Although the resistance movement was acting in Korea as well, most of their activities took place in China that ranged from assassinations and assassination attempts to guerilla warfare.
The North Korean historic narrative refers to this period as the anti-Japanese Revolutionary Struggle which plays a significant role in the national identity almost as far that one has the impression that Korean history starts at this time (not to mention the Juche calendar in which year 1 is the birth-year of Kim Il Sung in 1912).
In the North Korean historic canon, Kim Il Sung and his comrades among them his first wife and mother of Kim Jong Il, Kim Jong Suk spent this time in the Northern border region and in secret camps around Mt. Peaktu fighting the Japanese in the Anti-Japanese People’s Guerilla Army.
In 1943 at the Cairo Conference, Churchill, Roosevelt and Chiang Kai-shek agreed that Korea will be a free and independent nation after the War, an idea that was supported by Stalin at the Tehran Conference.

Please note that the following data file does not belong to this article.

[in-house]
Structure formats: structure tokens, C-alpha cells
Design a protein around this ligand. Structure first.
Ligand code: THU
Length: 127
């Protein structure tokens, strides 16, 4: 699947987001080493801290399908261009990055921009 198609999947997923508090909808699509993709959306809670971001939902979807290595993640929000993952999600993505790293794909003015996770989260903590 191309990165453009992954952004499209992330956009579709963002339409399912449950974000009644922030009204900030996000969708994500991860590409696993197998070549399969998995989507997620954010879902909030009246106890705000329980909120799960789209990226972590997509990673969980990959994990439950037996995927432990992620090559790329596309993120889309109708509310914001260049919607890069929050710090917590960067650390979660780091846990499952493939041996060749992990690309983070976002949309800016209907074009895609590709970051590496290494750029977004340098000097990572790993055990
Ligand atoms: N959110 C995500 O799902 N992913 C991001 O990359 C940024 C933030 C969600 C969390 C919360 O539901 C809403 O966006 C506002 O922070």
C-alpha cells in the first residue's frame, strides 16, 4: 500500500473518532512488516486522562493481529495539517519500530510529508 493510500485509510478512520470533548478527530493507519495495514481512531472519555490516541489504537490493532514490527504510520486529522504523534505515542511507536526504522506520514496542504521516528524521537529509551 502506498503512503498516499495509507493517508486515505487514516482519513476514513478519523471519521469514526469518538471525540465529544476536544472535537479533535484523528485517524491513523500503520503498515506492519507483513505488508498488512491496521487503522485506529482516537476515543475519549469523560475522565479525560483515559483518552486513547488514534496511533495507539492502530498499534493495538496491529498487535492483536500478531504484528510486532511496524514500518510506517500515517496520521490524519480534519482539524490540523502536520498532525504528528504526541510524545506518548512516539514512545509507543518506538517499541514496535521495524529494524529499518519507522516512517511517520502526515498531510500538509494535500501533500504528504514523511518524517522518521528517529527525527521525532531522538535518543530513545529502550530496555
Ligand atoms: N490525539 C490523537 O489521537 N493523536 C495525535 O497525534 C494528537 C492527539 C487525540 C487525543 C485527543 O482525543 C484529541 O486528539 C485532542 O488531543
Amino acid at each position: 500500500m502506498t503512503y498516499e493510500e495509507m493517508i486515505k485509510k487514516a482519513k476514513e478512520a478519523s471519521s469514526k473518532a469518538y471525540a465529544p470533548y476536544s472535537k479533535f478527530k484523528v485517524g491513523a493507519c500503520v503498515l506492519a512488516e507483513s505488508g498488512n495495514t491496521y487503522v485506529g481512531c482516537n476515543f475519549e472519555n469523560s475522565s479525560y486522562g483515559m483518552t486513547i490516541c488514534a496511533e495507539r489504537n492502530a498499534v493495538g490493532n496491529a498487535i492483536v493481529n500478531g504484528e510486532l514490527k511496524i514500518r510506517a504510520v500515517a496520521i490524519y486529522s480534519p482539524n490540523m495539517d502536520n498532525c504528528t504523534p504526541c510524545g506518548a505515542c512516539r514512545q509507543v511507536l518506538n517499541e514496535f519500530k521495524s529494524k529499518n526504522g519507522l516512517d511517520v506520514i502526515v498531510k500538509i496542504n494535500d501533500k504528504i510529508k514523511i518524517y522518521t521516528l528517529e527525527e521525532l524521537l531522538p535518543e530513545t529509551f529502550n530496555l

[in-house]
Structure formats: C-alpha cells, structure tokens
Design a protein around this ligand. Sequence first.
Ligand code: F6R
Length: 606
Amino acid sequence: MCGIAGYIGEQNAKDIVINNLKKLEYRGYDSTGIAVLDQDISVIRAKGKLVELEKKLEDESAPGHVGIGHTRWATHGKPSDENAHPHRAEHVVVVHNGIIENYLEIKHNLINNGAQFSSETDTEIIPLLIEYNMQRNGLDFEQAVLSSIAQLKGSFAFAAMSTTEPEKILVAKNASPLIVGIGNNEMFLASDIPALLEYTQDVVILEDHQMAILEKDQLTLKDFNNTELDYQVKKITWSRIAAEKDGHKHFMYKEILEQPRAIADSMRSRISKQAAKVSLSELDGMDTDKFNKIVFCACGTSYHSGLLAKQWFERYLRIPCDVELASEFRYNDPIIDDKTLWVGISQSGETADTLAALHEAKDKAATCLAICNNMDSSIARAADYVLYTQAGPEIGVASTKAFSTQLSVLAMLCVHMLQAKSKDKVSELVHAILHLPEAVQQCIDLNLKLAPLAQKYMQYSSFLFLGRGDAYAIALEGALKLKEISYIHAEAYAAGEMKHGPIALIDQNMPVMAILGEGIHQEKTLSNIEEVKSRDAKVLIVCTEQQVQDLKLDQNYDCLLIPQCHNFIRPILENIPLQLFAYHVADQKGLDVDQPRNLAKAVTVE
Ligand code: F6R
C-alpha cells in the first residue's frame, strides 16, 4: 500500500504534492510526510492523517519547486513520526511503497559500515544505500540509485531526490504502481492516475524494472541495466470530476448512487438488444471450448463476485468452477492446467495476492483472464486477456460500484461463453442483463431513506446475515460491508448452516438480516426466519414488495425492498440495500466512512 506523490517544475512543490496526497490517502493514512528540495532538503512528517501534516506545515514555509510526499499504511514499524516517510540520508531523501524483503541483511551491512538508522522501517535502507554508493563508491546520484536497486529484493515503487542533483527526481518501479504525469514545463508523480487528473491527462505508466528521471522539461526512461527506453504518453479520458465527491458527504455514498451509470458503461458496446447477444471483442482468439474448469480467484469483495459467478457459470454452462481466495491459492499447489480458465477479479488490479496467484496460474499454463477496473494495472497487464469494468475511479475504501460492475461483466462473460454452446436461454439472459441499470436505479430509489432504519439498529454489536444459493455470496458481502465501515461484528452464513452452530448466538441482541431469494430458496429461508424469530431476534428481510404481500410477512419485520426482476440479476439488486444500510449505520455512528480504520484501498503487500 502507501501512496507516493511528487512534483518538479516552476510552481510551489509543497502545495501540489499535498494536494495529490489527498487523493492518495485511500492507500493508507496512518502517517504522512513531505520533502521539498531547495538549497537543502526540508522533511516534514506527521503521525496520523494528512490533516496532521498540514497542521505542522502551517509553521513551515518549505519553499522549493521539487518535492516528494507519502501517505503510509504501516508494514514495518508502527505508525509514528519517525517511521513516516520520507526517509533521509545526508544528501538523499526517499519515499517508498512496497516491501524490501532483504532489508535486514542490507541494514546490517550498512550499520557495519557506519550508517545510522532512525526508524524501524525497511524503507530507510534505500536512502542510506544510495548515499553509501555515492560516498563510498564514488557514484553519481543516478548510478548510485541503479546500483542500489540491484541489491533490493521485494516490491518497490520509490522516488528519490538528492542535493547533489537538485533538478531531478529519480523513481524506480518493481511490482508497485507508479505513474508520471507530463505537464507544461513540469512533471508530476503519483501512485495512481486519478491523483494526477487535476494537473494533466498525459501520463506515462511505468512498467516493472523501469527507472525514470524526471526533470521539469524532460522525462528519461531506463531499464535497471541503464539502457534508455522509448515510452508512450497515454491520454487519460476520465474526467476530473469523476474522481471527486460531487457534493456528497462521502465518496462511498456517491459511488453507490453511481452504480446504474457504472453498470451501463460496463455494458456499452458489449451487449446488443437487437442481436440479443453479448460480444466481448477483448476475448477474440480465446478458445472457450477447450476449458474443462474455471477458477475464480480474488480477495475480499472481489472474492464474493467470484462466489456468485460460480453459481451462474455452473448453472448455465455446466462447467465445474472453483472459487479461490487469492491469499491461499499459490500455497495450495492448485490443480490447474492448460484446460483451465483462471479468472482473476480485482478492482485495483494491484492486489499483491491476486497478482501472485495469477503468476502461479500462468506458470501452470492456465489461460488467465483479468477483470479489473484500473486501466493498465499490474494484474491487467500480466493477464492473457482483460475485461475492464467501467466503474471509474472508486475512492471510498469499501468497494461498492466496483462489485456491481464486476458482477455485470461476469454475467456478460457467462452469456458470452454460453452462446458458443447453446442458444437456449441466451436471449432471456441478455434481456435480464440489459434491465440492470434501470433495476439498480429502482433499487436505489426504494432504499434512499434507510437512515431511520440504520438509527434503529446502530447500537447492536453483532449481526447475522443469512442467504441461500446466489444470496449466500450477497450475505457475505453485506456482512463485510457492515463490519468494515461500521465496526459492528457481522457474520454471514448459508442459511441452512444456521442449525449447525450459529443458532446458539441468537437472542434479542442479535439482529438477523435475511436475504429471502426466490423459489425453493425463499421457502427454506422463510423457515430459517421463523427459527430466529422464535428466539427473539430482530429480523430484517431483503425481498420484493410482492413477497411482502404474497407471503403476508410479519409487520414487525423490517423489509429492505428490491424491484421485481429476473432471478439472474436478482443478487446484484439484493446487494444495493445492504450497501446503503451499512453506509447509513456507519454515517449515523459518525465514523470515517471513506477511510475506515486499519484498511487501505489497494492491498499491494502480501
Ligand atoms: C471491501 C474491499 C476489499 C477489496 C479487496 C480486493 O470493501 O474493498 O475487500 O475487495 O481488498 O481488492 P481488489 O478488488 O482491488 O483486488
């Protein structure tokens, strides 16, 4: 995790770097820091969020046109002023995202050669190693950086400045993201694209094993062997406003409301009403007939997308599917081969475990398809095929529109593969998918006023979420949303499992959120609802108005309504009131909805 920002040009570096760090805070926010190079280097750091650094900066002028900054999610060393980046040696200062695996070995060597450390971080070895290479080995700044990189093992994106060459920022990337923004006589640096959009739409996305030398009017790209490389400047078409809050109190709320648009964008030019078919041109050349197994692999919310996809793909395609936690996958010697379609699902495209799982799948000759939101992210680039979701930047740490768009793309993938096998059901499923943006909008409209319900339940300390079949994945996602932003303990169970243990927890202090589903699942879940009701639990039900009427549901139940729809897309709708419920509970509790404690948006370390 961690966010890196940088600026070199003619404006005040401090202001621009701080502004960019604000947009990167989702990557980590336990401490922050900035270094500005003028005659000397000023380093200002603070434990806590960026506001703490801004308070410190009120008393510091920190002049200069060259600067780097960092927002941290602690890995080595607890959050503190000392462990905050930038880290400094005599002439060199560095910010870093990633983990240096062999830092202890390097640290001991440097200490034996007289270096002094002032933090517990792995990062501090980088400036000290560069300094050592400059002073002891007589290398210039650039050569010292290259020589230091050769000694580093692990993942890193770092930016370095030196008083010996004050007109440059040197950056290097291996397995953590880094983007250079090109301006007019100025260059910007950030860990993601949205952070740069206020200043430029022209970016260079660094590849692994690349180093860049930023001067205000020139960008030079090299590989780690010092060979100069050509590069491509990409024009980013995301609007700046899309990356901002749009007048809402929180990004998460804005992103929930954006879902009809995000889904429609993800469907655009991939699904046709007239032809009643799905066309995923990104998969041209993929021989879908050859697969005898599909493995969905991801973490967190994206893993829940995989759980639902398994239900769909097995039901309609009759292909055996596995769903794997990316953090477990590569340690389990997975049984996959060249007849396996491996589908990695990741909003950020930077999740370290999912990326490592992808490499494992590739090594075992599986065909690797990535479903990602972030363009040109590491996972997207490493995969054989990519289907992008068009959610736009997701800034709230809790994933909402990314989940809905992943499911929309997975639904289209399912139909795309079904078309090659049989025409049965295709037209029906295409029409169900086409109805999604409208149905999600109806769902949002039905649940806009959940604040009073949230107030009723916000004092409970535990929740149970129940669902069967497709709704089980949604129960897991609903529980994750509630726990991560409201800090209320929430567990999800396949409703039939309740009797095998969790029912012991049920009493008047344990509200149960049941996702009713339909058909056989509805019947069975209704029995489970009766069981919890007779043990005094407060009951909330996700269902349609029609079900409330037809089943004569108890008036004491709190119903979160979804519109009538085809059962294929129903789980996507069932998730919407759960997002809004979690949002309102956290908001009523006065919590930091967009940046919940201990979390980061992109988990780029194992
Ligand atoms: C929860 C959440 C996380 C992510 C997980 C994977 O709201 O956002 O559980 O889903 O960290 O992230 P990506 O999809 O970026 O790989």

On August 6th 1945, the US dropped the first atomic bomb in Japan on Hiroshima – in which many Korean forced labourers also died – and the Soviet Army launched a military campaign in Manchukuo on August 9th, the same day the second bomb was dropped on Nagasaki.
While the Soviets fought the Japanese on the battlefields of Manchuria, the fate of Korea was decided at the negotiation tables.
At the Potsdam Conference, the Allied Forces agreed to divide the Korean Peninsula along the 38th parallel, north of which the Soviets will disarm the Japanese while south of it the Americans, forming two occupation zones.
On August 15th Emperor Hirohito announced the surrender of Japan to the Allied Forces, and as a result, Japanese colonial rule ended in Korea.
Arch of Triumph in Pyongyang honouring Kim Il Sung’s triumphal return to Korea after the liberation in 1945 after 20 years of exile fighting the Japanese